The Beatles – Yellow Submarine (1968; 2012 reissue)

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If you were looking for the Beatles, or some terrific new music, or even something other than flatly featureless cartoon caricatures of the Fab Four, then 1968’s Yellow Submarine was a crashing disappointment.

The storyline itself, a modern-day musical fairy tale painted over with a Summer of Love theme, is tissue thin — really just an excuse to get from one Beatles tune to the next. And the best of those were by then familiar tracks from the past few years, already collected on Rubber Soul, Revolver, Sgt. Pepper’s Lonely Hearts Club Band and Magical Mystery Tour. Heck, the actual Beatles don’t appear to have been involved until a tacked-on ending that sends moviegoers out amidst the empty exhortations of “All Together Now,” one of the film’s four new throwaway songs.

The truth is, at this point, the Beatles were otherwise occupied — preparing to embark on their sprawling self-titled double album of the same year, with a side trip to India to explore transcendental meditation along the way. Meanwhile, Yellow Submarine started as the brainchild of animator Al Brodax — creator of “The Beatles” animated TV series, with similarly wooden representations of John, Paul, George and Ringo.

It’s hard to believe, actually, that this ended up working at all. Yet there was — and, with this stunning new remastering in 4K digital resolution, most certainly is again — some real magic associated with Yellow Submarine: Namely, its eye-poppingly psychedelic animation.

Long out of print, Yellow Submarine has been hand restored, frame by frame, over a period of four months. Officials with Apple Corps Ltd. said they chose this old fashioned, but far more meticulous process over automated software because of the delicate nature of the original hand-drawn artwork. The results, issued earlier this month in high-res DVD and Blu-ray with a selection of interesting bonus features, are so brightly engaging, so explosively inventive that the project’s other missteps can’t help but be forgiven — most notably during the film’s climatic chase scenes.

As the bloated Blue Meanies, the film’s music-hating villains, pursue our mop-topped heroes, they traverse a wonderland of imagination — diving through a pageant of Techno-color scenes, racing past brilliantly weird creatures, through strange worlds and even stranger predicaments. (It is here, too, as the Beatles banter about in the race to help save Pepperland, that this film gets closest to the ageless charm of Hard Day’s Night. English poet Roger McGough, who was brought in to add some zip to the script, occasionally connects with the quartet’s laconic sense of humor during exchanges like this one: “There’s a cyclops!” “He’s got two eyes.” “Must be a bicyclops.” “It’s a whole bicloplopedia!”)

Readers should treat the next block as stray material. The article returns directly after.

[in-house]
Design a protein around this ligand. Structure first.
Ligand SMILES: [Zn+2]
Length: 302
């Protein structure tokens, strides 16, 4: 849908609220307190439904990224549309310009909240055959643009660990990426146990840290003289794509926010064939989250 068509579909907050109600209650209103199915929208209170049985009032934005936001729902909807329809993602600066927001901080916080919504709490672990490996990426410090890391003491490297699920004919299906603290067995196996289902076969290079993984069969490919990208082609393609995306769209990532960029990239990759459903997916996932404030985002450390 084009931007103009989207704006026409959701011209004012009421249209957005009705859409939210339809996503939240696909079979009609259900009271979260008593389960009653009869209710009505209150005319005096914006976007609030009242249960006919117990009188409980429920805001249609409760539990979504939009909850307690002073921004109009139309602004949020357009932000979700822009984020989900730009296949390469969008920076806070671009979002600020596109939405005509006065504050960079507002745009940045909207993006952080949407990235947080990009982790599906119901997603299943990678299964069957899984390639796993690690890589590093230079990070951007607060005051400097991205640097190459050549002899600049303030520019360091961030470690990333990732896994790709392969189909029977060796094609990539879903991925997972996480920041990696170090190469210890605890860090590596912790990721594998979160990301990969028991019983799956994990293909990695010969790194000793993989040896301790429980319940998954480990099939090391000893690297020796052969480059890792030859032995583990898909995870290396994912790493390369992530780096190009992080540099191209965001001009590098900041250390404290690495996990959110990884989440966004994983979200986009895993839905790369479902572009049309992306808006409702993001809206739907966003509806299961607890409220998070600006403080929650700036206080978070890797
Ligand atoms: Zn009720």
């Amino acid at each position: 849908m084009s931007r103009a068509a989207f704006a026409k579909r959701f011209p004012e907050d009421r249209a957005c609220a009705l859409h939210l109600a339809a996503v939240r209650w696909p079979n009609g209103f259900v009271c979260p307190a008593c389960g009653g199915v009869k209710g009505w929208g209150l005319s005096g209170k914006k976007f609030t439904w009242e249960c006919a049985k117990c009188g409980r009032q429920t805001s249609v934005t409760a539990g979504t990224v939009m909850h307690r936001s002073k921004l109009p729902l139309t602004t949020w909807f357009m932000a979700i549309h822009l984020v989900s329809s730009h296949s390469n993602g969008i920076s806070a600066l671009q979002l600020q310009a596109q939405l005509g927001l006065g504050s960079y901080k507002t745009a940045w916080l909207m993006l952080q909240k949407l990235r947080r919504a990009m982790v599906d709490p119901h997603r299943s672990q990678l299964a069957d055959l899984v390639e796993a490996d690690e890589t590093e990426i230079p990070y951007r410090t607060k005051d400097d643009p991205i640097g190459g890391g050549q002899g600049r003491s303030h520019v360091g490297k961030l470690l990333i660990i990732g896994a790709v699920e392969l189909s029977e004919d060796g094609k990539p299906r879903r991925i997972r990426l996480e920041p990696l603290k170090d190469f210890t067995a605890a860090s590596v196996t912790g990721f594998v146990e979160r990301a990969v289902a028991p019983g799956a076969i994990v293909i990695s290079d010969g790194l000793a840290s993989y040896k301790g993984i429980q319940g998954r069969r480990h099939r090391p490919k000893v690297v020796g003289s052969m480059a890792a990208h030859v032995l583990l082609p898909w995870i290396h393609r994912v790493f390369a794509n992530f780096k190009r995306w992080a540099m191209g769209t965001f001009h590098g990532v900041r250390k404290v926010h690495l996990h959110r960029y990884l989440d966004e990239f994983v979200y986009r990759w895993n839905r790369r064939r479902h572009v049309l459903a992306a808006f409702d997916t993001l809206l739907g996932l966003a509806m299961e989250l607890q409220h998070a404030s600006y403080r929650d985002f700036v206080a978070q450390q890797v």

Of course, art director Heinz Edelmann didn’t so much create this kaleidoscopic world, as bring the contemporary hipster ideas of Alan Aldridge, Terry Gilliam and Victor Moscoso to a broader mainstream audience. Still, for many, this threw open the window into a then-unknown topography, and in many ways it’s easy to see how Yellow Submarine helped smash through the logjam that the Disney monolith had long created in major-studio animated films.

If the story arc still feels pedestrian, if you still wish there’d been more of those moments when the Beatles’ own sense of drollery shone through, there still is no denying the film’s staggering visual creativity — in particular within the sharp-edged environment of this terrific remaster.

The new DVD and Blu-ray release of Yellow Submarine also includes a “making of” documentary, audio commentary by producer John Coates and art director Heinz Edelmann, the original theatrical trailer, interviews with several participants involved in making the film, reproductions of pencil drawings and behind-the-scenes photos. The new version also restores Lennon’s “Hey Bulldog,” which was cut in the original U.S. version to meet time constraints — a blessing, since that’s undoubtedly the best of a group of new Beatles songs that also includes Harrison’s “It’s All Too Much” and “Only a Northern Song,” the last a left-over from Sgt. Pepper.

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